The website's great - Like many it was Judy Teen - first heard as record of the week on Radio Luxembourg I think. A strange and unique sound that hooked me in. Then back to Sebastian, then The Pychomodo album then back again to Human Menagerie and gigs at the Liverpool Stadium.
Cockney Rebel and Mott the Hoople were my mid-teenage bands (until punk came along) and I've continued to enjoy their output ever since. Loads of gigs and memories but it was those first albums that really did it for me. Could go on but here's something I wrote - well I say wrote but if it's good enough for Steve to be inspired by Virginia Woolf in Riding the Waves...
I wrote it for something on the twentieth anniversary of the Lockerbie bombing...
Just a bit different and sort of sums up what Cockney Rebel meant to this fourteen-year-old back then.
Twenty Years Ago: Lockerbie
But before then 34 years ago...
I’m sat in my bedroom dreaming of Loretta, Lorraine and Louise.
And Doreen who is a hunk of a man,and she can wipe every boy from the land.
And that is what London is about when you’re 14. Victorian vases and girls that are trying to stick their cosmic philosopher’s words into rhymes.
And it all smells of incense and patchouli oil and there are violins and glam make-up and wicker chairs and wicker men and Britt Ekland. Hopefully Britt Ekland...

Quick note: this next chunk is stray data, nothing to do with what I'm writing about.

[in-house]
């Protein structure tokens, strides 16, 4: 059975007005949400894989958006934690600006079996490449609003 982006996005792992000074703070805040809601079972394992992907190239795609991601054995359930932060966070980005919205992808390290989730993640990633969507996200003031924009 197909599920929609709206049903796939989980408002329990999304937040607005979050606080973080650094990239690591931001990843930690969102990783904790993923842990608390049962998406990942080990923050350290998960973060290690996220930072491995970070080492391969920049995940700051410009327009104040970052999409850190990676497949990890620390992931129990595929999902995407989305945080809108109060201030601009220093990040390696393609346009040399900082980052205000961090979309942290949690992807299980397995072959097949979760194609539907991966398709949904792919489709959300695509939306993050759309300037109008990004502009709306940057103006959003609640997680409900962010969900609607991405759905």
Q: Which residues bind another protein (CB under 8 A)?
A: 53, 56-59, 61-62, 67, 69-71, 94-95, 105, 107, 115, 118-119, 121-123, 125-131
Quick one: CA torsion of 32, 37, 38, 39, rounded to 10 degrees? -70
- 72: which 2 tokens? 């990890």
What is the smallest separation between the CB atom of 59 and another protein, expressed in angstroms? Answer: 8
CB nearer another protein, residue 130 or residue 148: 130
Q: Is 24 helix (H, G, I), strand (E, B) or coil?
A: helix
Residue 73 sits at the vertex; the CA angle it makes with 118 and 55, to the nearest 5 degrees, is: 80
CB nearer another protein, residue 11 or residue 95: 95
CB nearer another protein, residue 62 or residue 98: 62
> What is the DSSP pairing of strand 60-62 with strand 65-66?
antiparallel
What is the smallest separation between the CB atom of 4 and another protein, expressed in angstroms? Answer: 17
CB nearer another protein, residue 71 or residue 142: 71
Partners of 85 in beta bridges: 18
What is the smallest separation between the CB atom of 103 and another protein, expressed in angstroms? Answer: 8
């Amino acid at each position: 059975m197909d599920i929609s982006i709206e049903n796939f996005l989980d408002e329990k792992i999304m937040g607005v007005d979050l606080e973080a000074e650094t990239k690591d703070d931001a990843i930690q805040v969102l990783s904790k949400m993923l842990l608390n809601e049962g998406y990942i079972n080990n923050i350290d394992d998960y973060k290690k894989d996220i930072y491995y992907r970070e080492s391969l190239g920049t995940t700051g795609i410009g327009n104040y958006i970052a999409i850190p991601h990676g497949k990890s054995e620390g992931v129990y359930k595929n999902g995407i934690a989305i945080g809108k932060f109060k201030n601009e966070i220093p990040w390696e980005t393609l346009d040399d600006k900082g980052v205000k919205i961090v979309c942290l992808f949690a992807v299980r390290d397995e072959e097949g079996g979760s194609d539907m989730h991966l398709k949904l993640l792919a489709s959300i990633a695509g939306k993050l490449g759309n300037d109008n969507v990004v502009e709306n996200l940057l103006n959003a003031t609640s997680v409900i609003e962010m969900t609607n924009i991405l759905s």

And it’s desert wellies and cut-off Wranglers and it’s swimming in Orrell reservoirs. But it could be Hyde Park and girls that could sweep, skip, jump and leap into a room full of clowns.
And the sun shines and in my mind I watch Loretta taste the wine and kick the actor from behind.
And I am now home sprawled across the sofa and Marlene enters my mind and as her make up starts to fade away I spy Ramona by the door calling me the perfect whore.
And I never lost control.
And for a while it was a very strange show.
And it got stranger as five years later I am in Hyde Park and there is no Loretta, Lorraine and Louise.
And there is no hideaway. No lady from a background of pearls. Just me spaced out in this human menagerie – fooling with bravado.